Delta Is Under Fire From Customers for Making This Major Change
Loyal passengers of the airline are voicing their frustration after the carrier dropped a popular perk.
Whether it's a mechanical issue delaying or grounding a flight or a sudden change in a service schedule, there's nothing quite as frustrating as being let down by an airline. It's especially difficult for travelers who remain loyal to certain carriers so they can enjoy their perks and benefits like seat upgrades or rewards tickets. Now, Delta is coming under fire from some of its long-time devotees after the airline made a significant change to one of its offerings. Read on to see which popular perk is getting an overhaul.
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Delta has recently been in hot water with customers over how it handled a major policy change.
Recently, Delta drew the ire of some flyers when it announced it would be dropping its mask mandate on flights after a U.S. District judge in Florida overruled the federal requirement on April 18. While almost all other major airlines immediately followed suit in updating their face mask policies, Delta received more backlash due to a statement it released announcing the change. Specifically, the company said it was "relieved to see the U.S. mask mandate lift to facilitate global travel as COVID-19 has transitioned to an ordinary seasonal virus" in its original press release, per NPR.
The statement immediately stirred controversy among fans of the airline and health experts alike who claimed the airline was making light of the deadly virus that has killed more than six million people worldwide to date. "I don't care what you think about masking, but Delta's comment that #SARSCOV2 has transitioned to become an 'ordinary seasonal virus' is just bonkers, has no basis in science, and is outright misinformation misleading their customers (of which I am one!)," Gregg Gonsalves, PhD, an epidemiologist and associate professor at Yale, tweeted on April 19.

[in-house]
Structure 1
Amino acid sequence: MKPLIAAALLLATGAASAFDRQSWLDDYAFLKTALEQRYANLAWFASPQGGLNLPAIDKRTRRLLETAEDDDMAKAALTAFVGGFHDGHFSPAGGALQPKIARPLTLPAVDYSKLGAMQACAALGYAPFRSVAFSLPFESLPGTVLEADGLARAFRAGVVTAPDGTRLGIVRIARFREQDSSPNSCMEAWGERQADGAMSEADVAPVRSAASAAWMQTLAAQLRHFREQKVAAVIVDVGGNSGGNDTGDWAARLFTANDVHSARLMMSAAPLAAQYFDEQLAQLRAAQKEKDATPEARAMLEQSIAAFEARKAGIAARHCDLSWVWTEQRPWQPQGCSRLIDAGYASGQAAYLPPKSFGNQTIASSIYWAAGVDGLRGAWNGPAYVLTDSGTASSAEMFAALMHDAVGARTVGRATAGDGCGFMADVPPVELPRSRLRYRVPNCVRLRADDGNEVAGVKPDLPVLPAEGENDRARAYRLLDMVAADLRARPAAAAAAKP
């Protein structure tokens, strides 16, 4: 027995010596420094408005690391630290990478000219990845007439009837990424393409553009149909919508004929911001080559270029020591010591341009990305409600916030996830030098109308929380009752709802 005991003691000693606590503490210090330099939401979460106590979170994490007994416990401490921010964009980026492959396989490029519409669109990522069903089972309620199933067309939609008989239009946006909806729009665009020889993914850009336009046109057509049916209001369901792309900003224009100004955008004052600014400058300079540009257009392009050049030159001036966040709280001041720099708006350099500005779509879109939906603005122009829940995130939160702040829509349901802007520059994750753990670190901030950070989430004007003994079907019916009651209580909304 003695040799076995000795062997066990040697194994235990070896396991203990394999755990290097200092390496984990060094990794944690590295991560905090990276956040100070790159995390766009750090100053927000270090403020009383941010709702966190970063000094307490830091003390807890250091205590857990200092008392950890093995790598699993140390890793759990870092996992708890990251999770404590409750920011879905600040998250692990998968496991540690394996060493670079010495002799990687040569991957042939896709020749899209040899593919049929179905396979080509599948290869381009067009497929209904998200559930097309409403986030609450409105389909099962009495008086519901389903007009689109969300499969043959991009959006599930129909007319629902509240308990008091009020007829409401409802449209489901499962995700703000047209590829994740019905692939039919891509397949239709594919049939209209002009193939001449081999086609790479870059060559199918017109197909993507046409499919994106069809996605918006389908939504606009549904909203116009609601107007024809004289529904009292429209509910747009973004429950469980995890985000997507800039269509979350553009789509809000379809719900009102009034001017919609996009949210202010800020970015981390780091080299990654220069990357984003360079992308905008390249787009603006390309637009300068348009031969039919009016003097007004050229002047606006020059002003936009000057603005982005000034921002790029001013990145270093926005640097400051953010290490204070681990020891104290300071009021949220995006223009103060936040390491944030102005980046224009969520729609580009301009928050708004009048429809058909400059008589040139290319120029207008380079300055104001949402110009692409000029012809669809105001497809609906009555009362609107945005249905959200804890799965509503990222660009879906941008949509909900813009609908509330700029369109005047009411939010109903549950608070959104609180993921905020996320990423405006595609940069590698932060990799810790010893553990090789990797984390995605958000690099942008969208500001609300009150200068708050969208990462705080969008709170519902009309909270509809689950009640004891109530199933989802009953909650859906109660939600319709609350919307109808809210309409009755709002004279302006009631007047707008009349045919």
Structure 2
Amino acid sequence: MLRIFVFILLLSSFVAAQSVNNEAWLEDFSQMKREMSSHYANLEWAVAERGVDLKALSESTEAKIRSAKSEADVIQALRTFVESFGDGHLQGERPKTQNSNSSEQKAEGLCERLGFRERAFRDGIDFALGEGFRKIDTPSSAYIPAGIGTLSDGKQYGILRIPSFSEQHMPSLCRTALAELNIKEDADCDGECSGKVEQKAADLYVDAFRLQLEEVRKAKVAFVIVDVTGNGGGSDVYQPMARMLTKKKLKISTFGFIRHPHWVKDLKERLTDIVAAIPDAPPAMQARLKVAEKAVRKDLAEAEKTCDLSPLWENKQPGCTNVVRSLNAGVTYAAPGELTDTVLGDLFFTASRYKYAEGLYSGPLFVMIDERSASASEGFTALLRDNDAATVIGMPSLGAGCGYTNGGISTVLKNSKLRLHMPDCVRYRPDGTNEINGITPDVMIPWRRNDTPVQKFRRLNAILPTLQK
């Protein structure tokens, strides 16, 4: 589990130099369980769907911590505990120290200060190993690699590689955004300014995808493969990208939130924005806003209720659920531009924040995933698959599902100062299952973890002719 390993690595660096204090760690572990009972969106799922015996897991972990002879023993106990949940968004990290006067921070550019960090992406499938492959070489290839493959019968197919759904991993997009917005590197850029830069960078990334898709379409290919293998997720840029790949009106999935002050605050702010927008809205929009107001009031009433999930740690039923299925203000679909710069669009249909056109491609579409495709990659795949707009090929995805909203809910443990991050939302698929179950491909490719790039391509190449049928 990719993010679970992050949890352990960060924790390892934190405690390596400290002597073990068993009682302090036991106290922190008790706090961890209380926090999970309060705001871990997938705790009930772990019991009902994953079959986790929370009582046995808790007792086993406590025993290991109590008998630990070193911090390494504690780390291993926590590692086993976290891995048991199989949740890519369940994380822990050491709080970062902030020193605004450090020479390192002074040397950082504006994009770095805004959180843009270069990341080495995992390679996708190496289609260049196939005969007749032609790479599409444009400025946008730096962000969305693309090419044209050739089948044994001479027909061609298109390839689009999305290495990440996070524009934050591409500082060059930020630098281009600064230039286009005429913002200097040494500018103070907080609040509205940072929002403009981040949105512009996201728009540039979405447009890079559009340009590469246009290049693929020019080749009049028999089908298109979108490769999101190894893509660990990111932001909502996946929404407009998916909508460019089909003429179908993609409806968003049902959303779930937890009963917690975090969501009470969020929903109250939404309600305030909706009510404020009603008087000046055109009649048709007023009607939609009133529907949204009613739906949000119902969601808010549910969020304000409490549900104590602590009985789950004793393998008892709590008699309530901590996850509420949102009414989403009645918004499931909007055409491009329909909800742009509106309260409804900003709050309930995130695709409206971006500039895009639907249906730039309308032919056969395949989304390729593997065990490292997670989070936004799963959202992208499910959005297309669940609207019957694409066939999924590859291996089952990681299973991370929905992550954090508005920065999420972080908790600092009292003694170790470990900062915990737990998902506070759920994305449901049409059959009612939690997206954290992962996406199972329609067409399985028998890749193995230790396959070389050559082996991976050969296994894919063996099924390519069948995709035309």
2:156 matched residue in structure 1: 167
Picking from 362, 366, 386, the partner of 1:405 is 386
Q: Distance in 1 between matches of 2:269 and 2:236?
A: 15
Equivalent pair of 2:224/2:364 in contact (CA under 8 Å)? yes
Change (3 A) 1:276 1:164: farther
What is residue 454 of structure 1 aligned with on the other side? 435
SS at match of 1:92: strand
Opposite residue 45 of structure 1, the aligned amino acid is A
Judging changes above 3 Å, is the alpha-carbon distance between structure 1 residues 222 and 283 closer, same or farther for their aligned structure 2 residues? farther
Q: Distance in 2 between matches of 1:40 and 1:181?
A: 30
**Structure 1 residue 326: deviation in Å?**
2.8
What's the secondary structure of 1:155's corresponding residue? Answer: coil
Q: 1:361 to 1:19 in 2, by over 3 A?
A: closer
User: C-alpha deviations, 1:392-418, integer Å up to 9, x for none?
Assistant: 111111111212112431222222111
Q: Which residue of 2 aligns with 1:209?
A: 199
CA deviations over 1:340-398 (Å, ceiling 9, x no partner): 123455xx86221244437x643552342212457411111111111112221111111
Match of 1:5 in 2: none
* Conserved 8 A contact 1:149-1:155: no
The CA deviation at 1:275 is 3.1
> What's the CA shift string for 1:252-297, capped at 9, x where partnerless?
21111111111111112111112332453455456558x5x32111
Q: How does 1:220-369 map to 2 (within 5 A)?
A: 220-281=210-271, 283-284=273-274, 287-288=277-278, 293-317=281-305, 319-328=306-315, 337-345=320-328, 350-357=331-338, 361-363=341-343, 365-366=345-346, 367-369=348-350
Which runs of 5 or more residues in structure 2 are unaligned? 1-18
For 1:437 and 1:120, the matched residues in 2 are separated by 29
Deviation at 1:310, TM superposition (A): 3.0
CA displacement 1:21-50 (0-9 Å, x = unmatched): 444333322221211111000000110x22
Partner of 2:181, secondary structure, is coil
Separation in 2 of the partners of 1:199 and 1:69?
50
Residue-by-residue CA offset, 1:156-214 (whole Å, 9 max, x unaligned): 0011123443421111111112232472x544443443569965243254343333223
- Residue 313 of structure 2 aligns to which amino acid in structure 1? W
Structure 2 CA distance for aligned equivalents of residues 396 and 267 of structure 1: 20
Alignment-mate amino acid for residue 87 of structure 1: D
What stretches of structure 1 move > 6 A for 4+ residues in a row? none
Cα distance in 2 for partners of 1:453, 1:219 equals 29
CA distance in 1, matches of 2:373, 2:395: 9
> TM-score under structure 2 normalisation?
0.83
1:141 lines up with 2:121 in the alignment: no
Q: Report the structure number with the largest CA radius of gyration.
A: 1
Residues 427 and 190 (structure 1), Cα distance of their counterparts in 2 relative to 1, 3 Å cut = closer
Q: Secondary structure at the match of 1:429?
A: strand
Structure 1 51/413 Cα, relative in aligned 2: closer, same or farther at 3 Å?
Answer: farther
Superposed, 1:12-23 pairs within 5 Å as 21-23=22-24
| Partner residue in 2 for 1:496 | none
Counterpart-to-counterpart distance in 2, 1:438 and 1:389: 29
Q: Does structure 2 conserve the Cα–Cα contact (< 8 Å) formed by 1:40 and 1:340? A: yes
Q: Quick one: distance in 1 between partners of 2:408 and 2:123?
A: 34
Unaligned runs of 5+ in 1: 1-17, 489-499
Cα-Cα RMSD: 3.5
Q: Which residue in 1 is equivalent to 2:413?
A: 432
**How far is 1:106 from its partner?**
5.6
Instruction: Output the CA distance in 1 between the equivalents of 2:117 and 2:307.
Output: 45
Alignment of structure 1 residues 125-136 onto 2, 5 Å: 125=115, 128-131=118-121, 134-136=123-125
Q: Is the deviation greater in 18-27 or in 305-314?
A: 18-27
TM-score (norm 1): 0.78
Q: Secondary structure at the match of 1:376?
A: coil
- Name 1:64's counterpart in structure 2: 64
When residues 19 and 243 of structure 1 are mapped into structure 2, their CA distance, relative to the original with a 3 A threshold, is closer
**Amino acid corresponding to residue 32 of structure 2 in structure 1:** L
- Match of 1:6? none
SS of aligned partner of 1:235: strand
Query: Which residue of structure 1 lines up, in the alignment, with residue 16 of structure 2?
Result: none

The company's statement spurred others to swear off the airline from their future travel plans. "I know sometimes people say something like 'I'm never flying Delta ever again'—but I am actually never flying Delta ever again," Matthew Cortland, a lawyer and healthcare rights advocate from Massachusetts, tweeted on April 18 in response.
Delta just announced it would be changing one of its most popular perks.
Now, Delta has stoked customer frustrations for a different reason. In an email to customers on May 4, the airline announced that it would be changing its access policy for its Sky Club passenger lounges in airports around the world. The carrier said that travelers would now be limited to entering the lounges up to three hours before their flight's scheduled departure. Passengers will also lose access to the lounge at their arrival airport unless they're flying the airline's Delta One long-haul business class.
However, the airline specifies that the new three-hour rule doesn't apply to anyone with a long layover at an airport awaiting a connecting flight, so long as the ticket is booked on the same reservation. Passengers on delayed flights will also still have access beginning three hours before their initially scheduled departure. According to the announcement, the changes will go into effect on June 1.